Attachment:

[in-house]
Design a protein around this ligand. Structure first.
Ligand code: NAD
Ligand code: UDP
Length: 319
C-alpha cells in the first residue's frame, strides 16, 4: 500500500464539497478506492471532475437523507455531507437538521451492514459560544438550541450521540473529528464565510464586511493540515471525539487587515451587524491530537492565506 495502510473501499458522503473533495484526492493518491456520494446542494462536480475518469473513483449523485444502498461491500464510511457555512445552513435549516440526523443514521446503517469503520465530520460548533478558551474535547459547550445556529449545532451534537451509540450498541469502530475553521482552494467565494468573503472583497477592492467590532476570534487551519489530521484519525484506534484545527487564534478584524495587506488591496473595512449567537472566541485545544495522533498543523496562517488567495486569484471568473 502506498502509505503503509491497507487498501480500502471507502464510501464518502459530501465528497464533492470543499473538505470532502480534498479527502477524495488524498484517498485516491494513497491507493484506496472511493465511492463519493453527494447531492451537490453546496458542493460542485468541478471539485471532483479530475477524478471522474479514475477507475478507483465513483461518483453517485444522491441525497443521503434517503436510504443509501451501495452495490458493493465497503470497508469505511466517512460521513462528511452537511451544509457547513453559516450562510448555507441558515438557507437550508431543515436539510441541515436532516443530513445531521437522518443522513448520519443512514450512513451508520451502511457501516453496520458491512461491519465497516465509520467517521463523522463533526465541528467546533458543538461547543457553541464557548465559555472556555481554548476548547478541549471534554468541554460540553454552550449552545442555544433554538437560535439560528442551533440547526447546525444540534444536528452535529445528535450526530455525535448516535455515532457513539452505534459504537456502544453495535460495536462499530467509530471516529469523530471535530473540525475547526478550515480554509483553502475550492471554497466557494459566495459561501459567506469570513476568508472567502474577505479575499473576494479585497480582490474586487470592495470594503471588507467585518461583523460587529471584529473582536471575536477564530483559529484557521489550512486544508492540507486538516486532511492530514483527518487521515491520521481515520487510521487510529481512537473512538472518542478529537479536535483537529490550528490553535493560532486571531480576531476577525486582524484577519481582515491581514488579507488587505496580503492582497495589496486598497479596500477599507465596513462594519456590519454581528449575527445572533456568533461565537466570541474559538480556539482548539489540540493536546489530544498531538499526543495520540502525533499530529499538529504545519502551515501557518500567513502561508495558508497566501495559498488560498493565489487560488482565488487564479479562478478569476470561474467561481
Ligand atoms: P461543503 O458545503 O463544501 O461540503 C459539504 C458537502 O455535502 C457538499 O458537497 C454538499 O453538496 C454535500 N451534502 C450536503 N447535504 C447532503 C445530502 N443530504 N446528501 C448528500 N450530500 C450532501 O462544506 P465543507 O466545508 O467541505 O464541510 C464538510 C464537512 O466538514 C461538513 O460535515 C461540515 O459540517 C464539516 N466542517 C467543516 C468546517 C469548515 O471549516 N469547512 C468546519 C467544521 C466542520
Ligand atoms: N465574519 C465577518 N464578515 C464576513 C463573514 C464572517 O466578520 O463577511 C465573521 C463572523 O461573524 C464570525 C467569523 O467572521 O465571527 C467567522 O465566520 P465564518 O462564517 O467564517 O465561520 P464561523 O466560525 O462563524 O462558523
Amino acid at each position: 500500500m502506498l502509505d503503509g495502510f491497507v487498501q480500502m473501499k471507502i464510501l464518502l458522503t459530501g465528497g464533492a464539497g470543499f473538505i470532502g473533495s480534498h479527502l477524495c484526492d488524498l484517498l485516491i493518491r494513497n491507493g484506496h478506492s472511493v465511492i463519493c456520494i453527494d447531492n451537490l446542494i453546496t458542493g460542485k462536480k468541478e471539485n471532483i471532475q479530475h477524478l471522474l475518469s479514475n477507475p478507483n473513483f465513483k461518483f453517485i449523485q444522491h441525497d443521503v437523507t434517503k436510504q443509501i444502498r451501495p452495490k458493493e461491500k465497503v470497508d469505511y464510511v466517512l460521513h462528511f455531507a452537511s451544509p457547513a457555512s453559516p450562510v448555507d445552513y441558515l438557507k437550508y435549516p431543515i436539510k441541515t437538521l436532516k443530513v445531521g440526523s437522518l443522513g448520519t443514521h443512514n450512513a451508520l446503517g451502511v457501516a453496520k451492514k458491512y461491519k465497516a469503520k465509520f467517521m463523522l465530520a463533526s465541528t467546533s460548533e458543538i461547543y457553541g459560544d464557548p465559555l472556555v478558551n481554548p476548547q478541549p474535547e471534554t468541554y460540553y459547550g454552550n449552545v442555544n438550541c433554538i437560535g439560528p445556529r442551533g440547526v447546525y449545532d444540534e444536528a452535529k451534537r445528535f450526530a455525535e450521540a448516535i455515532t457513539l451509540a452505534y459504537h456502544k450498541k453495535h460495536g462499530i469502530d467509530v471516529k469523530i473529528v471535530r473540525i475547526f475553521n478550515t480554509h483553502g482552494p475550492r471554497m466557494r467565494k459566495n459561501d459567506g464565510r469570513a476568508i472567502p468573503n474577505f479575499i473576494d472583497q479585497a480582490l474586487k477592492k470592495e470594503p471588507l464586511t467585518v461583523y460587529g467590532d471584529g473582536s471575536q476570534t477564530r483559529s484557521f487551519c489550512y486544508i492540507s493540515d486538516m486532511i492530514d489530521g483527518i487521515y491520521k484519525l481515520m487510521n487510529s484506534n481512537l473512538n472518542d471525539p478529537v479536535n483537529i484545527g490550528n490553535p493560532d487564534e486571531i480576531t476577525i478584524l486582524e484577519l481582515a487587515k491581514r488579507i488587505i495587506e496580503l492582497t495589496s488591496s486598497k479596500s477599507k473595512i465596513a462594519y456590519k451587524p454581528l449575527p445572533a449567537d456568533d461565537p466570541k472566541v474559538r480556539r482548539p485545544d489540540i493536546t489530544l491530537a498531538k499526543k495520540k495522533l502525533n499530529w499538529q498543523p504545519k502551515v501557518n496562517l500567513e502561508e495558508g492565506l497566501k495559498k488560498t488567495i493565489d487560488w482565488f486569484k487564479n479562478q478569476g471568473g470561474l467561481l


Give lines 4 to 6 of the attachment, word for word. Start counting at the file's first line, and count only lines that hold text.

Ligand code: UDP
Length: 319
C-alpha cells in the first residue's frame, strides 16, 4: 500500500464539497478506492471532475437523507455531507437538521451492514459560544438550541450521540473529528464565510464586511493540515471525539487587515451587524491530537492565506 495502510473501499458522503473533495484526492493518491456520494446542494462536480475518469473513483449523485444502498461491500464510511457555512445552513435549516440526523443514521446503517469503520465530520460548533478558551474535547459547550445556529449545532451534537451509540450498541469502530475553521482552494467565494468573503472583497477592492467590532476570534487551519489530521484519525484506534484545527487564534478584524495587506488591496473595512449567537472566541485545544495522533498543523496562517488567495486569484471568473 502506498502509505503503509491497507487498501480500502471507502464510501464518502459530501465528497464533492470543499473538505470532502480534498479527502477524495488524498484517498485516491494513497491507493484506496472511493465511492463519493453527494447531492451537490453546496458542493460542485468541478471539485471532483479530475477524478471522474479514475477507475478507483465513483461518483453517485444522491441525497443521503434517503436510504443509501451501495452495490458493493465497503470497508469505511466517512460521513462528511452537511451544509457547513453559516450562510448555507441558515438557507437550508431543515436539510441541515436532516443530513445531521437522518443522513448520519443512514450512513451508520451502511457501516453496520458491512461491519465497516465509520467517521463523522463533526465541528467546533458543538461547543457553541464557548465559555472556555481554548476548547478541549471534554468541554460540553454552550449552545442555544433554538437560535439560528442551533440547526447546525444540534444536528452535529445528535450526530455525535448516535455515532457513539452505534459504537456502544453495535460495536462499530467509530471516529469523530471535530473540525475547526478550515480554509483553502475550492471554497466557494459566495459561501459567506469570513476568508472567502474577505479575499473576494479585497480582490474586487470592495470594503471588507467585518461583523460587529471584529473582536471575536477564530483559529484557521489550512486544508492540507486538516486532511492530514483527518487521515491520521481515520487510521487510529481512537473512538472518542478529537479536535483537529490550528490553535493560532486571531480576531476577525486582524484577519481582515491581514488579507488587505496580503492582497495589496486598497479596500477599507465596513462594519456590519454581528449575527445572533456568533461565537466570541474559538480556539482548539489540540493536546489530544498531538499526543495520540502525533499530529499538529504545519502551515501557518500567513502561508495558508497566501495559498488560498493565489487560488482565488487564479479562478478569476470561474467561481